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Airlines junk proposal to leave middle seats vacant

By Arindam Majumder
April 22, 2020 13:53 IST
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The airlines have instead suggested compulsory personal protective equipment-like suit, gloves and mask for flyers and crew members.

Indian airlines have rejected the proposal to keep middle seats vacant once flights resume.

In a meeting held earlier this week with the government to discuss social distancing measures, promoters of airlines called the proposed rules redundant while pointing out that such measures of distancing were unlikely to ensure complete safety for passengers.

 

However, such a step would worsen the economics for airlines hit hard by the outbreak of the coronavirus pandemic, they said.

The airlines have instead suggested compulsory personal protective equipment-like suit, gloves and mask for flyers and crew members.

“Keeping the middle seat vacant will not ensure safety, it will be mere optics.

"It is impossible to keep a safe distance between the aisle and the window seat,” Ajay Singh, chairman and managing director at low cost airline SpiceJet, said.

“It will be more effective if face masks and gloves are made mandatory for passengers,” he said.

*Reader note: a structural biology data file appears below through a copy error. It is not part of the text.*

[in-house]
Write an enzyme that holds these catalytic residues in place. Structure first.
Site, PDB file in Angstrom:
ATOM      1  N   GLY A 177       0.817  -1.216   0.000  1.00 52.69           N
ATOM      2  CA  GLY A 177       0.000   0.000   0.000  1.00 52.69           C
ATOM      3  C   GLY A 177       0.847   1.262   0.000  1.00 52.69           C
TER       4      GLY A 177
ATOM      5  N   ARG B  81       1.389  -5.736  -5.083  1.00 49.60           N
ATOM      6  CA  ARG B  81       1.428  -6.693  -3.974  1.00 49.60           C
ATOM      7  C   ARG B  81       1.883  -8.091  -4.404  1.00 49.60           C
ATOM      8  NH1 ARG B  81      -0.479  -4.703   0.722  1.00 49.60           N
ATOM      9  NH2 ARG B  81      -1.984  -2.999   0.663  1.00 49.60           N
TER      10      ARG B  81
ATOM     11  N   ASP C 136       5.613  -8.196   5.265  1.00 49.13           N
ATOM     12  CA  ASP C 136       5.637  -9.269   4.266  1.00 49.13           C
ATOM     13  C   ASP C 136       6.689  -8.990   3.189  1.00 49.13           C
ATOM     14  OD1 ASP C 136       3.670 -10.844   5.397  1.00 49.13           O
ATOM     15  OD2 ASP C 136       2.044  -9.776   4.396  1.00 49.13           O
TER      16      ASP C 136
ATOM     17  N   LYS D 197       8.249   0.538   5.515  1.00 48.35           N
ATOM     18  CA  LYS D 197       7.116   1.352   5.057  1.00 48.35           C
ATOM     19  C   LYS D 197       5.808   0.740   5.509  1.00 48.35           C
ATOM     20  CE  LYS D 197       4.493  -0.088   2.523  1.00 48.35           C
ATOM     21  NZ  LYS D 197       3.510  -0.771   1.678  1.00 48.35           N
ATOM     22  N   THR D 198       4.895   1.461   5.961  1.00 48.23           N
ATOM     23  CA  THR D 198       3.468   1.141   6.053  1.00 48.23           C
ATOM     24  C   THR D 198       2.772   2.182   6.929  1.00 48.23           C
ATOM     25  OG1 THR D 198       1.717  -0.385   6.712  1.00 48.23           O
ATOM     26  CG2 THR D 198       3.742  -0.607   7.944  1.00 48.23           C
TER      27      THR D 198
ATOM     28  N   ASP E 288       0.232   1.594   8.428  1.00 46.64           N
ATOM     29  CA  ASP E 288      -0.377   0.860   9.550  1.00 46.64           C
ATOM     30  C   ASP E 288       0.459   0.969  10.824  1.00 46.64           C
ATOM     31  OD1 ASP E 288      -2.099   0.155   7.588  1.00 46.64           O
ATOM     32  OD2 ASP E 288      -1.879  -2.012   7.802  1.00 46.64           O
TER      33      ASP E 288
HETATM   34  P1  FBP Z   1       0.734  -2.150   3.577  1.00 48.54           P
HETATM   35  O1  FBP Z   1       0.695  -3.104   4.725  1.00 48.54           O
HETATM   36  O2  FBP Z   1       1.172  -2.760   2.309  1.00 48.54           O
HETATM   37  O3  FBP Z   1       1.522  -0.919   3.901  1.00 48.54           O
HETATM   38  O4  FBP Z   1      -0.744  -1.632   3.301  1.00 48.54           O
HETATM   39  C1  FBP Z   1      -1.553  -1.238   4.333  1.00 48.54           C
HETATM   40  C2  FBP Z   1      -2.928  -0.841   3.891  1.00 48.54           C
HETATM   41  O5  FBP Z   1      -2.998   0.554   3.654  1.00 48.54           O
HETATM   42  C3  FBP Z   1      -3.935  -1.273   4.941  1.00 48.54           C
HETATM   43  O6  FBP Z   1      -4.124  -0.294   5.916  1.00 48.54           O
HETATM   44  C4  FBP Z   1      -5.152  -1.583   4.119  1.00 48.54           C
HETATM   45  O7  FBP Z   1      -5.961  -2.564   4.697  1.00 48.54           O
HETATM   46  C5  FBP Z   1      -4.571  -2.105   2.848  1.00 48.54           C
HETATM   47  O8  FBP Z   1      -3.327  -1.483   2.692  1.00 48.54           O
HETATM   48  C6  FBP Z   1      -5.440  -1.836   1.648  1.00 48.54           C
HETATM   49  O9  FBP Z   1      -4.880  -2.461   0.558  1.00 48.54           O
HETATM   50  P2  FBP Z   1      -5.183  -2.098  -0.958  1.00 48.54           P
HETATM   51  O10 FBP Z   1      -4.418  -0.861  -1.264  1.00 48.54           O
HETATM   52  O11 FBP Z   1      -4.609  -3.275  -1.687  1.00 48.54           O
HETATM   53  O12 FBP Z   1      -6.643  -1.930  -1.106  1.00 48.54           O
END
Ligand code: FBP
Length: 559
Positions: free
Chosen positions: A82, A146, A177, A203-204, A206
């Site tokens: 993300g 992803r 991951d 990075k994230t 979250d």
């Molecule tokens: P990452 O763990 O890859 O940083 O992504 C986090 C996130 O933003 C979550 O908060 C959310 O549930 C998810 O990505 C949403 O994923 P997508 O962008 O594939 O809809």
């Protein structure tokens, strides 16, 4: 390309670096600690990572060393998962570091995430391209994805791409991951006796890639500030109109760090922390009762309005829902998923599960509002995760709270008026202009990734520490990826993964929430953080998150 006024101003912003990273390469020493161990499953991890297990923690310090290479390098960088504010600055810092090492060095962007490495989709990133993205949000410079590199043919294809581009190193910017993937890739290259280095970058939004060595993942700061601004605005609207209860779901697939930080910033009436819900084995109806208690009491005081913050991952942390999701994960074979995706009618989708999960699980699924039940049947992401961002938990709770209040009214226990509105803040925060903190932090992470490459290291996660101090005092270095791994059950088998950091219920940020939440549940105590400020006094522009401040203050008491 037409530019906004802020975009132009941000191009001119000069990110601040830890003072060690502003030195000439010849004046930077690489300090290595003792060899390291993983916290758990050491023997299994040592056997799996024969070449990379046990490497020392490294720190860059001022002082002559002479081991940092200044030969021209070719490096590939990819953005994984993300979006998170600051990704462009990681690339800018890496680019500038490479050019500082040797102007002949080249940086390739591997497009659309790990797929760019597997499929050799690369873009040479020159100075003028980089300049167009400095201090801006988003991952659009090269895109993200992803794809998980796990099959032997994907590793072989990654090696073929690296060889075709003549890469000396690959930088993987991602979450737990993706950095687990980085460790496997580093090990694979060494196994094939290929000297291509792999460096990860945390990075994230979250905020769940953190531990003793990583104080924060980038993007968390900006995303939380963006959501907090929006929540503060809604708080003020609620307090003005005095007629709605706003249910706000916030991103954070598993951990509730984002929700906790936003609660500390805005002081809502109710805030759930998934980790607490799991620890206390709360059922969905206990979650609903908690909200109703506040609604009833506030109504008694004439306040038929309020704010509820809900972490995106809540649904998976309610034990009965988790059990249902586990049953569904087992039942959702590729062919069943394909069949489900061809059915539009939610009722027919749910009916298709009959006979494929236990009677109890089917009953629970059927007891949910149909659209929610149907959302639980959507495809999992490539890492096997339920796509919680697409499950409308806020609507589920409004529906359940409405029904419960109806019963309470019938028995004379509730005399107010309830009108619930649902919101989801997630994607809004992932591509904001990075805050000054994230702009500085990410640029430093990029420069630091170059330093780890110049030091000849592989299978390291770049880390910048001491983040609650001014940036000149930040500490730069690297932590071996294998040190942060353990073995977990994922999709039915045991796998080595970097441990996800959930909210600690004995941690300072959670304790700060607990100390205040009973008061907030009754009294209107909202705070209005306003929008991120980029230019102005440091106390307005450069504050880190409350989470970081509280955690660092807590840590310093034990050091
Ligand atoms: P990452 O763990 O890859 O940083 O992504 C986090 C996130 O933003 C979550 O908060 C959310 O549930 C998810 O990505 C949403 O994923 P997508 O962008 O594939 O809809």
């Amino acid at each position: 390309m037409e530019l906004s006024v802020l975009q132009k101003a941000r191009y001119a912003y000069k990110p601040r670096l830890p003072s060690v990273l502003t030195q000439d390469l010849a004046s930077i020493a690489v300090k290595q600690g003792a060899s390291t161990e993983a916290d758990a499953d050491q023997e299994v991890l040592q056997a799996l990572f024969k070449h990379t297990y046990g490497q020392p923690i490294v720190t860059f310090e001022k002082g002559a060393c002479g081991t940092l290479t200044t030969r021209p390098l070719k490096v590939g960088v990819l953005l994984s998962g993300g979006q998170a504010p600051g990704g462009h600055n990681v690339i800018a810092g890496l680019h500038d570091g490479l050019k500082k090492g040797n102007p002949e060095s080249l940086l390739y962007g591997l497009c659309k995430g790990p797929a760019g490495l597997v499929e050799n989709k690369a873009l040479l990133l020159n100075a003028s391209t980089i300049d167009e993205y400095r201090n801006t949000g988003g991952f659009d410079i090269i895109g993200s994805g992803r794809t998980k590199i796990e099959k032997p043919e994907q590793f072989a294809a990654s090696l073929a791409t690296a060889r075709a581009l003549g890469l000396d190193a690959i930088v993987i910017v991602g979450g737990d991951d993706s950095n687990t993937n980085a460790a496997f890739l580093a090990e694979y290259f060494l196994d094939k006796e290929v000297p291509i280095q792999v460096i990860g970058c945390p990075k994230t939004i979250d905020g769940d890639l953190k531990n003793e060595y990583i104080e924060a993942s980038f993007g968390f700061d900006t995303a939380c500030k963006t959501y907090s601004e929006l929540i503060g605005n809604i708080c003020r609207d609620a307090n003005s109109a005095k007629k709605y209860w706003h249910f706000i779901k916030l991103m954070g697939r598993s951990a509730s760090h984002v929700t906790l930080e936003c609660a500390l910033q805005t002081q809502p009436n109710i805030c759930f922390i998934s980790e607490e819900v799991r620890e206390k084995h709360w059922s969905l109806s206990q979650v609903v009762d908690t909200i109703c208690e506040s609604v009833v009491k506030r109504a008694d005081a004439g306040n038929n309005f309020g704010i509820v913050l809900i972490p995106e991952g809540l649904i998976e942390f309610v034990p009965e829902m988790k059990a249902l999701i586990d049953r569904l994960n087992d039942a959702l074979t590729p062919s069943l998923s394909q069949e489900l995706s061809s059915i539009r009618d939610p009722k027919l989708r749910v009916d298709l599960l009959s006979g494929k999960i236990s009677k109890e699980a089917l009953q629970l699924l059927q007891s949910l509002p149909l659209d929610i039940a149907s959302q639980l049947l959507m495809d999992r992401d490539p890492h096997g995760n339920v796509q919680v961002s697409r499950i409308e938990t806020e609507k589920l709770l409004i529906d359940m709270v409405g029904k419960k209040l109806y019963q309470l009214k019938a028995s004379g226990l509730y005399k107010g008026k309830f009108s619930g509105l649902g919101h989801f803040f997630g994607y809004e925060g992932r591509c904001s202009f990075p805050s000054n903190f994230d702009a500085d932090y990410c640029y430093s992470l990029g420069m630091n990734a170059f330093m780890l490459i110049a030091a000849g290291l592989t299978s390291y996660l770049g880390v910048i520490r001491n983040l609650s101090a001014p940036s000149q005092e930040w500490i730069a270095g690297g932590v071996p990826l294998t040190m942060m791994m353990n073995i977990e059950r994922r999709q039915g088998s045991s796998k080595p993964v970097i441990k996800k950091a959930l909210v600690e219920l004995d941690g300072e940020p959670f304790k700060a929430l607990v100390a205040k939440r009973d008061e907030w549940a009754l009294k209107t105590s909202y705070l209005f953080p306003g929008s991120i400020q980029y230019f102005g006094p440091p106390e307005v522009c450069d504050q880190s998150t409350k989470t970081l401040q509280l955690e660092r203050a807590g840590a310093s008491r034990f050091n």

Civil aviation regulator DGCA is working on a set of protocols for resumption of service after the ban on air transport is lifted.

As part of that, the regulator has suggested that airlines should not allow  the middle seats to be booked.

Airline executives argue that in a single aisle narrow body aircraft, leaving the middle seat empty will not guarantee the necessary 2 metre (which is roughly 78 inches) distance - which has been suggested by health agencies across the world to prevent catching or spreading of the flu.

For instance, a typical IndiGo A320 aircraft has 18-inch seats with a 25-inch aisle.

So, if a distance of 2 metre has to be maintained, there can only be two passengers seated on two window sets.

In a row of six seats, the remaining four seats have to be left empty, the airlines have argued.

“It is absolutely impossible to operate with restriction on one-third of the seats unless fares see a threefold increase,” said an executive of IndiGo.

Passengers would not be ready to pay that much, he added.

Photograph: Greg Baker/Reuters

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Arindam Majumder in New Delhi
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